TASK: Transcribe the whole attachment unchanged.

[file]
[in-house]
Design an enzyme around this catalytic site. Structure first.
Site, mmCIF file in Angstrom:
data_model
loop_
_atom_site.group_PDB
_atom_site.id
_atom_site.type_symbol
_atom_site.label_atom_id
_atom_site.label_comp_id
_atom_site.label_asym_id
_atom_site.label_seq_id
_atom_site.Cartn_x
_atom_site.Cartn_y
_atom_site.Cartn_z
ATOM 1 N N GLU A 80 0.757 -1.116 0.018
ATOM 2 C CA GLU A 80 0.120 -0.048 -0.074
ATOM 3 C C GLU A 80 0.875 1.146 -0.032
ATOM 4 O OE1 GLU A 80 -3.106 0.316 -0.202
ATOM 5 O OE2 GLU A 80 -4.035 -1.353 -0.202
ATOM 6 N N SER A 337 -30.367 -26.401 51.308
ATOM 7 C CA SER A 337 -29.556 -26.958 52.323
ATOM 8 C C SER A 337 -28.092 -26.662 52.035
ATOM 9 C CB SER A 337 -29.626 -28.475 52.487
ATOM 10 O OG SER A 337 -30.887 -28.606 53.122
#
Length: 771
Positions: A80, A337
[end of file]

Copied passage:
[in-house]
Design an enzyme around this catalytic site. Structure first.
Site, mmCIF file in Angstrom:
data_model
loop_
_atom_site.group_PDB
_atom_site.id
_atom_site.type_symbol
_atom_site.label_atom_id
_atom_site.label_comp_id
_atom_site.label_asym_id
_atom_site.label_seq_id
_atom_site.Cartn_x
_atom_site.Cartn_y
_atom_site.Cartn_z
ATOM 1 N N GLU A 80 0.757 -1.116 0.018
ATOM 2 C CA GLU A 80 0.120 -0.048 -0.074
ATOM 3 C C GLU A 80 0.875 1.146 -0.032
ATOM 4 O OE1 GLU A 80 -3.106 0.316 -0.202
ATOM 5 O OE2 GLU A 80 -4.035 -1.353 -0.202
ATOM 6 N N SER A 337 -30.367 -26.401 51.308
ATOM 7 C CA SER A 337 -29.556 -26.958 52.323
ATOM 8 C C SER A 337 -28.092 -26.662 52.035
ATOM 9 C CB SER A 337 -29.626 -28.475 52.487
ATOM 10 O OG SER A 337 -30.887 -28.606 53.122
#
Length: 771
Positions: A80, A337